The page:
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Citrus Bowl coverage: QB Joe Milton is preparing to start in 2020, talks areas of improvement

Milton feels like he’s ready to take that next step at Michigan.

NCAA Football: Michigan at Illinois Michael Allio-USA TODAY Sports

ORLANDO, FL — Joe Milton is being looked at as the potential starting quarterback for the Michigan Wolverines heading into the 2020 season with Shea Patterson graduating after the bowl game. Milton is presumably set to compete with Dylan McCaffrey for the job, but says that he’s been putting the work in to earn his opportunity well ahead of Patterson heading out the door.

Milton spoke to the media on Monday morning during Citrus Bowl kids day at Fun Spot America in Orlando.

“It’s not just because he’s leaving,” Milton said about his preparation. “Ever since he stepped on campus we’ve all just been working. Now that I know he’s leaving, it’s all work still. Everybody’s goal is to be the starter, but my goal is to keep working and get better. There’s always room for improvement. So I just keep doing that. “

Milton, an Orlando-area native, came to Michigan as a prospect with as much arm talent as any in the country, but also a player that was as raw as any prospect in the country. He spoke about some of the things he has worked on to improve to

“Touch, not throwing the ball too hard at people and putting it over the top so people can go get it instead of just throwing it and watching people run full speed,” he said.

The 2020 quarterback competition is set to be the first time the Wolverines have had a true position battle for No. 1 reps since Wilton Speight and John O’Korn battled it out ahead of the 2016 season, so the spring will be the continuation of the battle between Milton and McCaffrey. At this point, he says it is not sure when the staff might give an indication of who the guy will be.

“I really don’t know (when they’ll let us know who’s starting),” Milton said. “At the end of the day, I’m going to keep working if I’m the starter or I’m not the starter. So if I find out I’m not, it is what it is. I’m going to keep working.”

College football’s current landscape has quarterbacks transferring to get an opportunity to play, as evidenced by three of the four Heisman finalists this season beginning their careers at other schools. Milton says he has never had thoughts of leaving Ann Arbor cross his mind, but did note that watching others play ahead of him is tough to swallow.

“It’s a very difficult challenge, just watching others play,” he said. “It’s not what I’m used to, but at the end of the day you’ve got to do what you’ve got to do. I’ve learned a lot from Shea and I’m still learning from him. So I’ll take his game and my game and put it together.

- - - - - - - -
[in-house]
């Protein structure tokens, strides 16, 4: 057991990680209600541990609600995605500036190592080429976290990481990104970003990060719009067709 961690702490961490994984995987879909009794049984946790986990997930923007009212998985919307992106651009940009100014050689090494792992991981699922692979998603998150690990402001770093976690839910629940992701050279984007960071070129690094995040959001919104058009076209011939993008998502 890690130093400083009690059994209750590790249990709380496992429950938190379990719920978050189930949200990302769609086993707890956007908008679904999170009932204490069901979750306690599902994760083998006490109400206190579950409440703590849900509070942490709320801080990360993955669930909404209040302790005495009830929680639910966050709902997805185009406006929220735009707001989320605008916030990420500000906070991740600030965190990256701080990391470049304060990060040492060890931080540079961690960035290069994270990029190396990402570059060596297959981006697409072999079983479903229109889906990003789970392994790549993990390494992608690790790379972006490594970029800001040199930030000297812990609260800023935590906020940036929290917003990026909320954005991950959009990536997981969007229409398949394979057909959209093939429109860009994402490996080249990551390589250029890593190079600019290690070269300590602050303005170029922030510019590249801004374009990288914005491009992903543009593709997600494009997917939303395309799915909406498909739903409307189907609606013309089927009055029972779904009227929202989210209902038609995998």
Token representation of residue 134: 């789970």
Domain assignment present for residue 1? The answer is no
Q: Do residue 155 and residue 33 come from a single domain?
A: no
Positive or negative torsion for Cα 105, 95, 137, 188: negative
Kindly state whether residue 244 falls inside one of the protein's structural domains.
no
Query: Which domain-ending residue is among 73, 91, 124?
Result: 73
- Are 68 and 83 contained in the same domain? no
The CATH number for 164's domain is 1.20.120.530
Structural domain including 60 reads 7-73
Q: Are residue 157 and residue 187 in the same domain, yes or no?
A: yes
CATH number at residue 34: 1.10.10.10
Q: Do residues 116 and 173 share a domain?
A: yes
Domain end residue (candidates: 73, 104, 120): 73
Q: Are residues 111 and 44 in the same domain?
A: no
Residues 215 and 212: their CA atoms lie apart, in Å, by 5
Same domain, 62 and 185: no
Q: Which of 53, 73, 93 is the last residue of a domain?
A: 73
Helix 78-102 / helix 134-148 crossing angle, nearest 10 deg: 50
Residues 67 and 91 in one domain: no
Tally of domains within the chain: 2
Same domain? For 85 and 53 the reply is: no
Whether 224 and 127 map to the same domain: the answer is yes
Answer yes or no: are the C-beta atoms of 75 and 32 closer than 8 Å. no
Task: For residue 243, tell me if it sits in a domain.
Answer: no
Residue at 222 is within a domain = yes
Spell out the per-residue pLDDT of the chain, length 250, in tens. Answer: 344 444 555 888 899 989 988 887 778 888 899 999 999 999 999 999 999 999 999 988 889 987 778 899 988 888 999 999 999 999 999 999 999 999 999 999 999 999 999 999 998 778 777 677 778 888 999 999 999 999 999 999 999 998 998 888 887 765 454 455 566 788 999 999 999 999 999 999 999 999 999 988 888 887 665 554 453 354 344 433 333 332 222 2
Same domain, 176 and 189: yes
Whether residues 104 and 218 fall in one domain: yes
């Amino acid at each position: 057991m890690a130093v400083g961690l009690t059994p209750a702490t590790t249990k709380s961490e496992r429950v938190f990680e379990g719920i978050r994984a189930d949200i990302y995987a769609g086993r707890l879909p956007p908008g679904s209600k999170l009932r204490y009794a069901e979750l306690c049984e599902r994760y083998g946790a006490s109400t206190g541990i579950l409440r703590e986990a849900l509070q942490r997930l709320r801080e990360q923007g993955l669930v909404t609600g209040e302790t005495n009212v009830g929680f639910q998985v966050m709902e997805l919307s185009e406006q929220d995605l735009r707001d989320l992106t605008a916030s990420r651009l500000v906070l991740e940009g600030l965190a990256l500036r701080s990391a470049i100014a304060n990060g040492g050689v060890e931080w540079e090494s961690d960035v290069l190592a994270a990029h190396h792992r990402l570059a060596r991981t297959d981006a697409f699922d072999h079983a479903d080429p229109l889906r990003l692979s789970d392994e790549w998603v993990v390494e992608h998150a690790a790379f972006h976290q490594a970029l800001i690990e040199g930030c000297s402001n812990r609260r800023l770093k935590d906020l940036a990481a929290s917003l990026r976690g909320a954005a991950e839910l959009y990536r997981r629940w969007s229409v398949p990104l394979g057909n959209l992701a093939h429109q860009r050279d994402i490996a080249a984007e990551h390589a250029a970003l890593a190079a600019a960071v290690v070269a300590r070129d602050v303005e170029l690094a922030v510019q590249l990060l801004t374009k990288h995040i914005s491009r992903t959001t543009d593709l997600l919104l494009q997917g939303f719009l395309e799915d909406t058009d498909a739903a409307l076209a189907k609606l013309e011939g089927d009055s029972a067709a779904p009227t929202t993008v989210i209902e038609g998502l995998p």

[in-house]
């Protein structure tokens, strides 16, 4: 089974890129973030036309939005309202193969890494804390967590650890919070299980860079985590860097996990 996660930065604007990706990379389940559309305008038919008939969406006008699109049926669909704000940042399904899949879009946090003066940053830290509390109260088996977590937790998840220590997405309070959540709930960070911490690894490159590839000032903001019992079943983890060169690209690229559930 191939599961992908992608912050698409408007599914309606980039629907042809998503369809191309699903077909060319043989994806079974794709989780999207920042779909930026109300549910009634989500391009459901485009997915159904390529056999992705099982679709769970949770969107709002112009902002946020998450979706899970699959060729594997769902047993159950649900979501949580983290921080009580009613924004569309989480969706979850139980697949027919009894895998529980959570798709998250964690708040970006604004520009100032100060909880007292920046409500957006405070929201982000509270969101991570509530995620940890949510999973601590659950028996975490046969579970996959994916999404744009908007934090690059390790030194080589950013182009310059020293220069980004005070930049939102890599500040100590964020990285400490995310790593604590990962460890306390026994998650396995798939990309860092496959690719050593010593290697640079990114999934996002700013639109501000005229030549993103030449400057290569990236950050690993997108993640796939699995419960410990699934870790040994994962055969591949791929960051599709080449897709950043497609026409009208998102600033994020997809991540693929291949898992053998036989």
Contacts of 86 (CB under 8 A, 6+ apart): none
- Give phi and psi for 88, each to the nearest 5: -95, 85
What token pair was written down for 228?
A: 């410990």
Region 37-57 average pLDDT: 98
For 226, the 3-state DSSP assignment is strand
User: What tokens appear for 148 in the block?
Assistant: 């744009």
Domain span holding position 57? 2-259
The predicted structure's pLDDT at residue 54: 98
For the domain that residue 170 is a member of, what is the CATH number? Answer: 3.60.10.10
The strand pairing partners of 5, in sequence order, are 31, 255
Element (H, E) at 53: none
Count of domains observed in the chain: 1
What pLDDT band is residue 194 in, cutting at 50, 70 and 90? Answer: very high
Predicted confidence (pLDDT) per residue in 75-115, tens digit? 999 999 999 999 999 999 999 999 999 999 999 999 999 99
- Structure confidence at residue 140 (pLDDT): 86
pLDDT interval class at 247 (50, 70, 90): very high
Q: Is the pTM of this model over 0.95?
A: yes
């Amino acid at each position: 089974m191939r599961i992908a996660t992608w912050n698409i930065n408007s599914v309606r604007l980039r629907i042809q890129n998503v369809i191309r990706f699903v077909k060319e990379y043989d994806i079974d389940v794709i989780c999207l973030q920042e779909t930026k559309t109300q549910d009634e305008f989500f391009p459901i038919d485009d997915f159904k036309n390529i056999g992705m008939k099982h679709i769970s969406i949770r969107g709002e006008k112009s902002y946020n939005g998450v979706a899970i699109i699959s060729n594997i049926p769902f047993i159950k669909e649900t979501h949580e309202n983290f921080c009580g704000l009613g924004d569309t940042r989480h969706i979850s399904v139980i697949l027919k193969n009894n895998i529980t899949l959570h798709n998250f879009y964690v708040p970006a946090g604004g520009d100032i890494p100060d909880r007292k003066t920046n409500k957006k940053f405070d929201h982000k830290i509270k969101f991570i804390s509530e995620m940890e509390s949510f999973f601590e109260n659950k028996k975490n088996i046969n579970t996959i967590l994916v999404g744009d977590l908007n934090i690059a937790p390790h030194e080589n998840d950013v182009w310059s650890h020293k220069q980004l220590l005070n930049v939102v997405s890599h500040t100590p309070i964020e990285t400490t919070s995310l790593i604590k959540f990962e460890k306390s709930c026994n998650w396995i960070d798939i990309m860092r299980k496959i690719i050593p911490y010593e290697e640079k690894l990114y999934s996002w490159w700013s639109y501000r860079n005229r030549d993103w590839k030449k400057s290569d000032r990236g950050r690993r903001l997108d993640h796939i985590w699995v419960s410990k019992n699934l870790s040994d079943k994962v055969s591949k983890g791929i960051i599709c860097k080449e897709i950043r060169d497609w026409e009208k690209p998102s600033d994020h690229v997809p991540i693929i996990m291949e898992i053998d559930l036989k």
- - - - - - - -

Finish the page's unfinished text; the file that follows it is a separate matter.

“(I’ve looked to) God (to help stay patient). I haven’t looked anywhere else, I’ve remained humble and true to God. Nothing’s been on my mind to go somewhere else. If you stay patient and humble, it’s going to come one day.”

A defining trait of any signal-caller outside of what he does with his arm is the leadership that he brings to the field. Aside from the strides that Milton feels he has made as a passer, he feels that his ability to lead stands out as one of his biggest improvements.

“I’ve been taking that step since my freshman year, watching others and trying to develop,” he said. “I took a lot of leadership classes over the summer and this semester, basically just trying to find out what bad leaders do, so I can improve on the things I need to work on as a leader.”

“When I was younger, I was never outspoken. When I wanted to say something, I never spoke. Now that I am who I am now, taking leadership leadership classes, being in the role I’m in now, I speak when I want to speak. And I speak when it’s the right time to speak. Sometimes at practice when guys are running their mouths or have their heads down, I say, ‘Pick your head up and do your thing.’ When coaches say something, it’s not to you. They’re just trying to help you. So I tell my teammates, ‘Come on, man, you’re good. Don’t worry about it. Just keep doing you.’”

Milton also had to navigate learning responsibilities in a new offense under coordinator Josh Gattis this season and he feels that the system in place is perfect for what he what he wants to do.

“It suits my skill set very well,” he said. “I’m a pass-first guy and we have a little running in our offense, but it’s time to do what we do, man. Offense came along through the mid-season. We all clicked and it’s time to keep going.”

Being from the southern part of the country, Milton could have likely had his pick of schools much closer to home. He had a very simple answer for why he picked the Wolverines, and it also points to how confident he is in his abilities.

“The snow,” Milton said. “I’m used to it now instead of having to wait for the NFL and adjust to it. I’d rather get used to it now than later.”